From the Successful Marketing Ideas Cross Borders Department: Adidas advertised Bayern M?nchen, a German soccer team the company sponsors, as a brand last year with a TV campaign. It raised the team-and Adidas'-profile so high that Adidas will repeat the strategy next month in Argentina with Buenos Aires' team River Plate. Other markets are likely to follow.
Sponsorship, Russian-style. To sponsor a movie premiere in Moscow, Bob Crozier, president of Time's Atlantic edition, had to personally carry the reels of the Warner Brothers' film "Outbreak" to Russia. One Russian actor simultaneously translated all the dialogue.
Benetton advertising guru Oliviero Toscani hates TV, so now he has his own weekly talk show in northern Italy. He critiques advertising with the help of the public on "Camera Oscura" (or "Dark Room")-taped, pretentiously, in b&w. Still, Mr. Toscani advises, "Five minutes of television a month is all one needs to know what is going on." Benetton scion Alessandro, 31, happens to own a controlling stake in the TV channel, called SeiMilano.
Angola is setting up its own local advertising association. A very small one. Angola only has one ad agency and one TV channel.
What can we impose a quota on next, the French ask? Not only do French radio stations have to play a minimum of 40% French music since last month, but half the French songs must be by musicians who have sold hardly any records. Listeners "will simply turn their radios off and do something else," says Benoit Sillard, president of youth-oriented Fun Radio. Radio executives fear advertisers will too.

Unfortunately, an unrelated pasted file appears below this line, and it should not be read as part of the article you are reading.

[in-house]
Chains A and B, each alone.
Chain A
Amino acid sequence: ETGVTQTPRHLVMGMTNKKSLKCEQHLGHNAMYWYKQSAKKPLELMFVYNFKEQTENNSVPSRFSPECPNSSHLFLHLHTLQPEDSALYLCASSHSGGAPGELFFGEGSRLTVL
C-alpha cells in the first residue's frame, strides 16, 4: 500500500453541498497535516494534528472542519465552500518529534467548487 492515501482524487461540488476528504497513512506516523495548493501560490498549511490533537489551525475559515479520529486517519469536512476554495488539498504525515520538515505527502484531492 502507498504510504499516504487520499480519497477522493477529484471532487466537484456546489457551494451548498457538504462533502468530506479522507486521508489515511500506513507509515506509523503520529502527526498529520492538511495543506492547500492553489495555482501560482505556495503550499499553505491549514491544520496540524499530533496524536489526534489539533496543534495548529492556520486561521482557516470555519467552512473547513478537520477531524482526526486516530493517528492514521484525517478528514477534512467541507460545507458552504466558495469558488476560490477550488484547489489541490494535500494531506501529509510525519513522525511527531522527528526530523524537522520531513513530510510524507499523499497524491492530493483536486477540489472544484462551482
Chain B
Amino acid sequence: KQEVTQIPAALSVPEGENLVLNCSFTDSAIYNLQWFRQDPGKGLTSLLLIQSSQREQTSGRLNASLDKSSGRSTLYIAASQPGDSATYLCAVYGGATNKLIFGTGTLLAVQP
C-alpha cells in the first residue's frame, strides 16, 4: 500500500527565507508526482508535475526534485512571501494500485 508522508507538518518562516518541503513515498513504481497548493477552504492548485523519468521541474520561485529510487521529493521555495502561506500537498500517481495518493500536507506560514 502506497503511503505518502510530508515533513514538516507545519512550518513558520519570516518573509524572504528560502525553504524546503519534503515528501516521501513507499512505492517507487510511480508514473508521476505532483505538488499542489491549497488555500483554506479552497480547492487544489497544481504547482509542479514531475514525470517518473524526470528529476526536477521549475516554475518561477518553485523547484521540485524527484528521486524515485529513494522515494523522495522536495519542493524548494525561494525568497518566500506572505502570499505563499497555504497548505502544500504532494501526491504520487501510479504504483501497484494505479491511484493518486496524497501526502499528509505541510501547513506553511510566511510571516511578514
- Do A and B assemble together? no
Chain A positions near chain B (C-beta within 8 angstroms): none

Why pay less when you can pay twice as much? Coca-Cola is launching the first canned soft drink in India, exclusively a bottle market until now. A can of Coke is 42 cents, compared to just 20 cents for a bottle. To reassure suspicious consumers, the new can features a picture of the Coke bottle.
More creatively, Coke is inventing new soft drinks in China. Heaven & Earth, a fruit-flavored drink, sounds interesting.
Levi-Strauss breaks its seediest commercial yet Feb. 23 in Europe with a woman escaping pursuit by whipping off a disguise in a men's toilet and donning her Levi's 501s in front of a man who she thinks is blind, but is merely holding a friend's white cane.
We got a direct mail shot from U.S. bookseller Barnes & Noble, offering for sale a list of their free-spending Canadian customers. They're not your average Canadians; Barnes & Noble says 52% are men and 25% women.
Barcelona, one of the world's trendiest places, is going Hollywood. The city will be the first European venue for moviemaker Steven Spielberg's Dive, opening in April, and Fashion Cafe, owned by several top models. Planet Hollywood has just premiered a Barcelona branch, and the Hard Rock Cafe is looking.
Contributing to this column: Mir Maqbool Alam Khan, Bombay; Amy Barone, Milan; Bruce Crumley, Paris; Geoffrey Lee Martin, Sydney; Dagmar Mussey, Dusseldorf.